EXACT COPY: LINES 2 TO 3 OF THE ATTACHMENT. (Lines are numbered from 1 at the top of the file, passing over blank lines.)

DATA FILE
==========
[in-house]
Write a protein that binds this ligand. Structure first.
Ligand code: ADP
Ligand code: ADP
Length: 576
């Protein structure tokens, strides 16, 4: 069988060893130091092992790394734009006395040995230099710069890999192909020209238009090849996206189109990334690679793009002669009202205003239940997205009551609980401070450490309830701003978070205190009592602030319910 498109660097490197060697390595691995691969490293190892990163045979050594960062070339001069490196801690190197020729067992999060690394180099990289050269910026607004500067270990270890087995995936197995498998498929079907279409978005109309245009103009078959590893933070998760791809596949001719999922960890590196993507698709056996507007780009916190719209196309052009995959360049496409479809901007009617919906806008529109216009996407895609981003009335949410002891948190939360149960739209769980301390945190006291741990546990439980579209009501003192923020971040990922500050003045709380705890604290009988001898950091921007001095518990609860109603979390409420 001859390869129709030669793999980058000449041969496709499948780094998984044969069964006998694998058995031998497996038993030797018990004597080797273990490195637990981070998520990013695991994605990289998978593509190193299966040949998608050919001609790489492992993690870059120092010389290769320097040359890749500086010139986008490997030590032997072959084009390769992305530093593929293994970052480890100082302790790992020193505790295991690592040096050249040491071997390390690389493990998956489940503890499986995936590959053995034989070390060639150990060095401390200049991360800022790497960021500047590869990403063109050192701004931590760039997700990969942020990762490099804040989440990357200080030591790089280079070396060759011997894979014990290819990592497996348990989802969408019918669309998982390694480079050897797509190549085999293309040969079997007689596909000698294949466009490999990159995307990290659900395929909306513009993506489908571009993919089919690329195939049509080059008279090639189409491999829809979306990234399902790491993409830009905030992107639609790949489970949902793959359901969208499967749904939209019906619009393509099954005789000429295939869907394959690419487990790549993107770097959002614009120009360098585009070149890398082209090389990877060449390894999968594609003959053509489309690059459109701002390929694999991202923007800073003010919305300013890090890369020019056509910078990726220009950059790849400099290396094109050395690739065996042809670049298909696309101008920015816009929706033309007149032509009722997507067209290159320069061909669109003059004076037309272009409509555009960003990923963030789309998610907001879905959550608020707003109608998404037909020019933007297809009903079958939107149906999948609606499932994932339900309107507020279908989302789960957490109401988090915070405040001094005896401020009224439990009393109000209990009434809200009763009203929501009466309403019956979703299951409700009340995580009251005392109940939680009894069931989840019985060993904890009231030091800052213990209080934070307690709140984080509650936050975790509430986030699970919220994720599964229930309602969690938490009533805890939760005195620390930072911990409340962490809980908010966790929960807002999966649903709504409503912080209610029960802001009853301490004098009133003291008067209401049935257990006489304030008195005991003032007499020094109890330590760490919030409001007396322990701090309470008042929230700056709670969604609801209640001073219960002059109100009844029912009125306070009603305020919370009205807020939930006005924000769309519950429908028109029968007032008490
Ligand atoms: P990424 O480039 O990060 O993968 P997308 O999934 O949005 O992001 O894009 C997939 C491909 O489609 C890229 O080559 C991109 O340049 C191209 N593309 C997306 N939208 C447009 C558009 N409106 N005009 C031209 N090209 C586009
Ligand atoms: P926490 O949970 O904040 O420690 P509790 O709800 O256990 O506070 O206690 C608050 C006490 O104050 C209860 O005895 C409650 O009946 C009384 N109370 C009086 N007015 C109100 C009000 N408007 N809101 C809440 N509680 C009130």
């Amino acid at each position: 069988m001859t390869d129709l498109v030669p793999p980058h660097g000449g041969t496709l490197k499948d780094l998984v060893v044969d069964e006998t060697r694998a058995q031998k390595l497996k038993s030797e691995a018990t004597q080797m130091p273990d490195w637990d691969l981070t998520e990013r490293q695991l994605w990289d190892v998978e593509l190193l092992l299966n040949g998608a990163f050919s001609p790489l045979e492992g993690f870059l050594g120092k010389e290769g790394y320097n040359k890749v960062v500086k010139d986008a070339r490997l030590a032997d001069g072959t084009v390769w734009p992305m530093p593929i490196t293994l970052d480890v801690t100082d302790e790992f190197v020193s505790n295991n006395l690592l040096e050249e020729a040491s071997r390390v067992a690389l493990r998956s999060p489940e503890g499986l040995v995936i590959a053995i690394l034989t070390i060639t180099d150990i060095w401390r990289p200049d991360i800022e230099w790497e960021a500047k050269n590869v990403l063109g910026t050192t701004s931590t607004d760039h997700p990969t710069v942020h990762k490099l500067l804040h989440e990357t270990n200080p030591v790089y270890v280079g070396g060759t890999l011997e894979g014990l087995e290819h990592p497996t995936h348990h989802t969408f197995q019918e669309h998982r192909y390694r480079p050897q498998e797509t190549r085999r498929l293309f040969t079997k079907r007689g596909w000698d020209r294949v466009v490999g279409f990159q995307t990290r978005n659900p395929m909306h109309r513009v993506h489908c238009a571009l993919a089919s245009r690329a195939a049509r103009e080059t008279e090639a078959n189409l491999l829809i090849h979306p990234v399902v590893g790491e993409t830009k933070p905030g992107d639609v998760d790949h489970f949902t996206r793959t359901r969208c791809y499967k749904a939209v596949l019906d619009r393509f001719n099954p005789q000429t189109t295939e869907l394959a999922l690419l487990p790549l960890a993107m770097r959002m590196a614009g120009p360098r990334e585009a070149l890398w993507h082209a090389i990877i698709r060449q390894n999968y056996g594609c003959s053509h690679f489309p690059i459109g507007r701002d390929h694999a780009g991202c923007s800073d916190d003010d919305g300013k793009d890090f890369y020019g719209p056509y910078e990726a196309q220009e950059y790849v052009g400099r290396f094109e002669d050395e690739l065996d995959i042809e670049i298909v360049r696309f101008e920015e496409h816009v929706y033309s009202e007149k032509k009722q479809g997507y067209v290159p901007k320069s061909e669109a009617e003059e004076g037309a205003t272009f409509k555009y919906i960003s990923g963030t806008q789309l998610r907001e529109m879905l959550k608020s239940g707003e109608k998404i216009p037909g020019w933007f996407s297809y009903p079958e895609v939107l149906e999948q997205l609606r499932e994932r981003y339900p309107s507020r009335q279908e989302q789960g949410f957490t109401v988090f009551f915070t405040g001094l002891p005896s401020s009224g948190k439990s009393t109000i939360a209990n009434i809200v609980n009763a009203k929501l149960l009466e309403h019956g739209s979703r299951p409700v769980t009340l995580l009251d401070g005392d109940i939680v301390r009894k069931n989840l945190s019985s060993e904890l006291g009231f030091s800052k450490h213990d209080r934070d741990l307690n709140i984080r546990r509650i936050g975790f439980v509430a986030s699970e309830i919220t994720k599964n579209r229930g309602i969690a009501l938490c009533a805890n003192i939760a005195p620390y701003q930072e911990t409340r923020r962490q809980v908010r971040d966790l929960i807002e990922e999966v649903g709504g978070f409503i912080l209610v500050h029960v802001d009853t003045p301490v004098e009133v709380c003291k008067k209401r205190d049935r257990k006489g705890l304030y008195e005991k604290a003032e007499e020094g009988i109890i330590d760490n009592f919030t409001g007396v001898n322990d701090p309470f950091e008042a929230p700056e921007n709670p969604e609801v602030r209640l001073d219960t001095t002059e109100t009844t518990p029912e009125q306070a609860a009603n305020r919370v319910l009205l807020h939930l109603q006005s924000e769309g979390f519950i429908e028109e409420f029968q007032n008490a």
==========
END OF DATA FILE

Write a protein that binds this ligand. Structure first.
Ligand code: ADP